“I wasn’t prepared for Ireland to be so different from the UK. Dublin doesn’t look like a capital city. The people of Dublin, they’re more like rural people.”

Narinskaya spent her first few weeks in Ireland searching for affordable accommodation. “I’m quite an organised person and I organise everything in advance, but it was absolutely impossible to find accommodation in Ireland from abroad. I remember going through the hell of being contested with 20 other people for lousy accommodation. I had temporary accommodation for three weeks and really until the last day I didn’t find anything. At the very last moment – as they say in biblical stories, at the 11th hour – out of the blue I got this old granny who took me as a lodger.”

Complicated Irish history

Narinskaya says people in Ireland place an “intense emphasis” on their Irish identity. “Just simple remarks make me aware of the painful past and the complicated history. For an outsider, it’s very easy to pick up on those things. You don’t even have to read between the lines; it’s very clear.”

She has also taken great interest in learning to appreciate the “subtlety” of Ireland’s natural beauty. “Everyone tells you how beautiful Ireland is but the beauty of this place is subtle. Because of the abundance of praise, one would expect a gobsmacking, mind-blowing experience in your face like you have in Jerusalem or Italy. You have to learn to discover this beauty and appreciate it in its subtlety. There’s also a certain austerity here. It’s a beautiful austerity.”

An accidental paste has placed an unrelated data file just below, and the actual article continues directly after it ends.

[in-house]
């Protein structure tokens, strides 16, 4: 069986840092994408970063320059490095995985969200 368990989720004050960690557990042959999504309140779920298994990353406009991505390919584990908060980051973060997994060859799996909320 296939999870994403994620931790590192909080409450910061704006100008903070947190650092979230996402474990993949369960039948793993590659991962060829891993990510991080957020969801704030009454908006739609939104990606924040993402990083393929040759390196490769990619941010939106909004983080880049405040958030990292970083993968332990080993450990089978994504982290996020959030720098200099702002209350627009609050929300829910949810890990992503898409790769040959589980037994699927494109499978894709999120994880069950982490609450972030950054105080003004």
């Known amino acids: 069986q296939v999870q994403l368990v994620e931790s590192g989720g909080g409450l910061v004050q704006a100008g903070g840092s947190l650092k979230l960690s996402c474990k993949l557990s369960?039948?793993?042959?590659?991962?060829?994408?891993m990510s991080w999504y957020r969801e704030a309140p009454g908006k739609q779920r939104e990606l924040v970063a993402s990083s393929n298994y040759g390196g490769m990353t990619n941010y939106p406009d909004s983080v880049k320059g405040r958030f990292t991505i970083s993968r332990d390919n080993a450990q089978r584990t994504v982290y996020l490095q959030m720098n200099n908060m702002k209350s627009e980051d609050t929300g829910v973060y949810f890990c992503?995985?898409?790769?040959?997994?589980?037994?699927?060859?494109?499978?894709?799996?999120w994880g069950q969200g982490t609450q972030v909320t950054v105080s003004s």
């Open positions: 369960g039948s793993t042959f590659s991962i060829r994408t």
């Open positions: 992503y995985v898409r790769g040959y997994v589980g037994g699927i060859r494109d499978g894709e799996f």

Narinskaya looks forward to following the events commemorating 1916 around the country. “I’m learning this history that I could have lived my whole life without knowing. I spent the millennium in Jerusalem and now 2016 in Ireland. I like the ride, I just wasn’t expecting it. So far it’s been a fantastic journey. I can’t really complain.”

  • We would like to hear from people who have moved to Ireland in the past five years. To get involved, email newtotheparish@irishtimes.com. @newtotheparish